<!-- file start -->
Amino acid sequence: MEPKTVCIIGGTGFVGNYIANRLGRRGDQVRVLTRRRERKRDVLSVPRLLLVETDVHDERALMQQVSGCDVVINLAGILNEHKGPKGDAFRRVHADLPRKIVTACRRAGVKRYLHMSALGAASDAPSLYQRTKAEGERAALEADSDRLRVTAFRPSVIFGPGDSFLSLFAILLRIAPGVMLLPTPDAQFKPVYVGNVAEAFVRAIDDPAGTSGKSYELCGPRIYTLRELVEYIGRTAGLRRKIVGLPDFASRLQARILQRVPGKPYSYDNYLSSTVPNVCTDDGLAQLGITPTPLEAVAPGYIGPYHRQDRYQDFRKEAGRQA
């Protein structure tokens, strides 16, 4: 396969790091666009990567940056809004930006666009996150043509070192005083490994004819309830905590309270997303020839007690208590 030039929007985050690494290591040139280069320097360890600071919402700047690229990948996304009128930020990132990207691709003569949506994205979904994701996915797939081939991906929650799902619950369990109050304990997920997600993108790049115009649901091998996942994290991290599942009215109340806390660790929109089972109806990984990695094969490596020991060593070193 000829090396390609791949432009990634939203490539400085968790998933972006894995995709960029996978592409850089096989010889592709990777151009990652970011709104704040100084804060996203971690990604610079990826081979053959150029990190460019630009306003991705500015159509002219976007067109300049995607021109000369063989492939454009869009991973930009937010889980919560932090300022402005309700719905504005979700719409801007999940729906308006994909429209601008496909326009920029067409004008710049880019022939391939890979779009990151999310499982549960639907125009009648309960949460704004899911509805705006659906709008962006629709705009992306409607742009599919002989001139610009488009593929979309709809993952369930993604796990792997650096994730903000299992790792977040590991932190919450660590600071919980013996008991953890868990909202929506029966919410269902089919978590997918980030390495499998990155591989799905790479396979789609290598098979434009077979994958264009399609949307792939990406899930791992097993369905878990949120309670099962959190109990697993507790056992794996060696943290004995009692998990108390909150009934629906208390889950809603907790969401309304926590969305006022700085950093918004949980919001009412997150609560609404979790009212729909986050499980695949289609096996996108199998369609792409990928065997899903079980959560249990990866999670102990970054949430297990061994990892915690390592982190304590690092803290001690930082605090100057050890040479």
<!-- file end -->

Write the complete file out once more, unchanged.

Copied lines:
Amino acid sequence: MEPKTVCIIGGTGFVGNYIANRLGRRGDQVRVLTRRRERKRDVLSVPRLLLVETDVHDERALMQQVSGCDVVINLAGILNEHKGPKGDAFRRVHADLPRKIVTACRRAGVKRYLHMSALGAASDAPSLYQRTKAEGERAALEADSDRLRVTAFRPSVIFGPGDSFLSLFAILLRIAPGVMLLPTPDAQFKPVYVGNVAEAFVRAIDDPAGTSGKSYELCGPRIYTLRELVEYIGRTAGLRRKIVGLPDFASRLQARILQRVPGKPYSYDNYLSSTVPNVCTDDGLAQLGITPTPLEAVAPGYIGPYHRQDRYQDFRKEAGRQA
């Protein structure tokens, strides 16, 4: 396969790091666009990567940056809004930006666009996150043509070192005083490994004819309830905590309270997303020839007690208590 030039929007985050690494290591040139280069320097360890600071919402700047690229990948996304009128930020990132990207691709003569949506994205979904994701996915797939081939991906929650799902619950369990109050304990997920997600993108790049115009649901091998996942994290991290599942009215109340806390660790929109089972109806990984990695094969490596020991060593070193 000829090396390609791949432009990634939203490539400085968790998933972006894995995709960029996978592409850089096989010889592709990777151009990652970011709104704040100084804060996203971690990604610079990826081979053959150029990190460019630009306003991705500015159509002219976007067109300049995607021109000369063989492939454009869009991973930009937010889980919560932090300022402005309700719905504005979700719409801007999940729906308006994909429209601008496909326009920029067409004008710049880019022939391939890979779009990151999310499982549960639907125009009648309960949460704004899911509805705006659906709008962006629709705009992306409607742009599919002989001139610009488009593929979309709809993952369930993604796990792997650096994730903000299992790792977040590991932190919450660590600071919980013996008991953890868990909202929506029966919410269902089919978590997918980030390495499998990155591989799905790479396979789609290598098979434009077979994958264009399609949307792939990406899930791992097993369905878990949120309670099962959190109990697993507790056992794996060696943290004995009692998990108390909150009934629906208390889950809603907790969401309304926590969305006022700085950093918004949980919001009412997150609560609404979790009212729909986050499980695949289609096996996108199998369609792409990928065997899903079980959560249990990866999670102990970054949430297990061994990892915690390592982190304590690092803290001690930082605090100057050890040479």